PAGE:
You may have heard about a recent Pew survey poll that showed only 12% of Americans believe that gun crime has been on the decline in the last few years. Naturally, this misconception conflicts with the truth of the matter — that firearms related deaths have been declining every year since 1993. Even the BBC begrudgingly admitted to the facts . . .
The federal Bureau of Justice Statistics said firearms-related homicides had dropped to 11,101 in 2011 from 18,253 – a reduction of 39%.
Meanwhile, the Pew Research Center found gun homicides fell to 3.6 per 100,000 people in 2010 from 7 in 1993.
The figures were released three weeks after US senators rejected proposals to extend background checks on gun sales.
President Barack Obama has campaigned for tighter firearms laws after 26 people died in a school shooting in Connecticut in December.
Despite the drop, some 56% of Americans believe gun crime is higher than two decades ago and only 12% think it is lower, according to the Pew Reseach Center.
A quick aside about the Beeb. We (Robert, Dan and myself) were seated across the table from the BBC’s correspondent in the media center at the NRA Annual Meeting this past weekend. He tried to seem indifferent about guns and gun control, but instantly challenged any figure we brought up that portrayed guns in a positive light. He seemed unable to accept the possibility that guns aren’t the scourge that the network regularly makes them out to be. Which might explain their lack of eloquence when it comes to a story about how gun crime in the United States isn’t actually as bad as the public is lead to believe.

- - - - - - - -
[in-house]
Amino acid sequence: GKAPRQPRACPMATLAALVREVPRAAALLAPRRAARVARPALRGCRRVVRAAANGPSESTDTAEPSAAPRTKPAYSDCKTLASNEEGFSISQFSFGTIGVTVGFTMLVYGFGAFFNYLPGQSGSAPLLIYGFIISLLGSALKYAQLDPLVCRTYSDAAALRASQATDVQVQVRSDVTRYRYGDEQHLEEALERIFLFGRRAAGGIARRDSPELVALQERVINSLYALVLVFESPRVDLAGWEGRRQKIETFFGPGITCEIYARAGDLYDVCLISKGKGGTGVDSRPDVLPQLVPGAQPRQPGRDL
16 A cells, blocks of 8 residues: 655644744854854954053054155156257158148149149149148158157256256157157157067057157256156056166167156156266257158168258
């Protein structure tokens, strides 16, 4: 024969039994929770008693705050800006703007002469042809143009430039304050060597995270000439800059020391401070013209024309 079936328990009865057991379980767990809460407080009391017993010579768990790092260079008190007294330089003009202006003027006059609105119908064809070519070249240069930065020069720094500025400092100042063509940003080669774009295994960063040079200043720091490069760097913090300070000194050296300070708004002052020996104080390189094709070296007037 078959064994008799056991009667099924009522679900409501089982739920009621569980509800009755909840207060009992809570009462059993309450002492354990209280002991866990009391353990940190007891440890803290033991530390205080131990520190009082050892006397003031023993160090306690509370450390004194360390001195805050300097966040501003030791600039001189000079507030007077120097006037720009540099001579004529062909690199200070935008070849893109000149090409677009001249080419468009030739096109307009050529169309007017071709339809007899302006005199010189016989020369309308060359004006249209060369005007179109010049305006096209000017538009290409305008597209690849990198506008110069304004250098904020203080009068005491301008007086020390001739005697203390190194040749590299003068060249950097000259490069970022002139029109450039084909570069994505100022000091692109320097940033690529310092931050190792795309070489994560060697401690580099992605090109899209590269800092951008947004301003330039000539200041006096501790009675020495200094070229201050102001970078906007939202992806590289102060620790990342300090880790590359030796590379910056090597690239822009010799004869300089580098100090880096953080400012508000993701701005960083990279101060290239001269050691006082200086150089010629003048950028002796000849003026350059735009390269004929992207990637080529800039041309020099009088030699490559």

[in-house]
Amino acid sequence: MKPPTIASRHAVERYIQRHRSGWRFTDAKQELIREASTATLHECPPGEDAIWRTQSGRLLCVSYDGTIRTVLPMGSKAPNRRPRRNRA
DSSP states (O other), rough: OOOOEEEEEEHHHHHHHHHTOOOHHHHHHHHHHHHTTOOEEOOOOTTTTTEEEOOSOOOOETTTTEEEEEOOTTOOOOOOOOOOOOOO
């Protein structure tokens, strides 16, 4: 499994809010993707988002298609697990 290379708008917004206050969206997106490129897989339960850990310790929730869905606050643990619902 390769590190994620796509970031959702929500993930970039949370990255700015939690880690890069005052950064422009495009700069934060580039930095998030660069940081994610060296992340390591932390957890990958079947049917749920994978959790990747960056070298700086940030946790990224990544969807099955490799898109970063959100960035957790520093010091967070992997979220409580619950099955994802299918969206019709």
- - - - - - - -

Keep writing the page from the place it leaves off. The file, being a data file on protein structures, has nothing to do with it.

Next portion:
Yes, 924 adults (the size of the Pew study group) is a fairly small sample size, but that doesn’t mean the result is completely off the mark.
Assuming that the survey is valid, what are the odds that these numbers are the real reason behind the support for increased gun control regulations? Despite facts and logic being on the side of gun rights advocates, could the “feeling” that gun crime is worse than it is be fueling the emotion fueled decision-making process of low information voters? Perhaps, then, the best route to preserving the Second Amendment is educating the public about the truth of the gun crime numbers.
Then again, who has the time to watch a commercial about crime stats and logical arguments when you could be watching Kim Kardashian latest OB/Gyn visit on cable?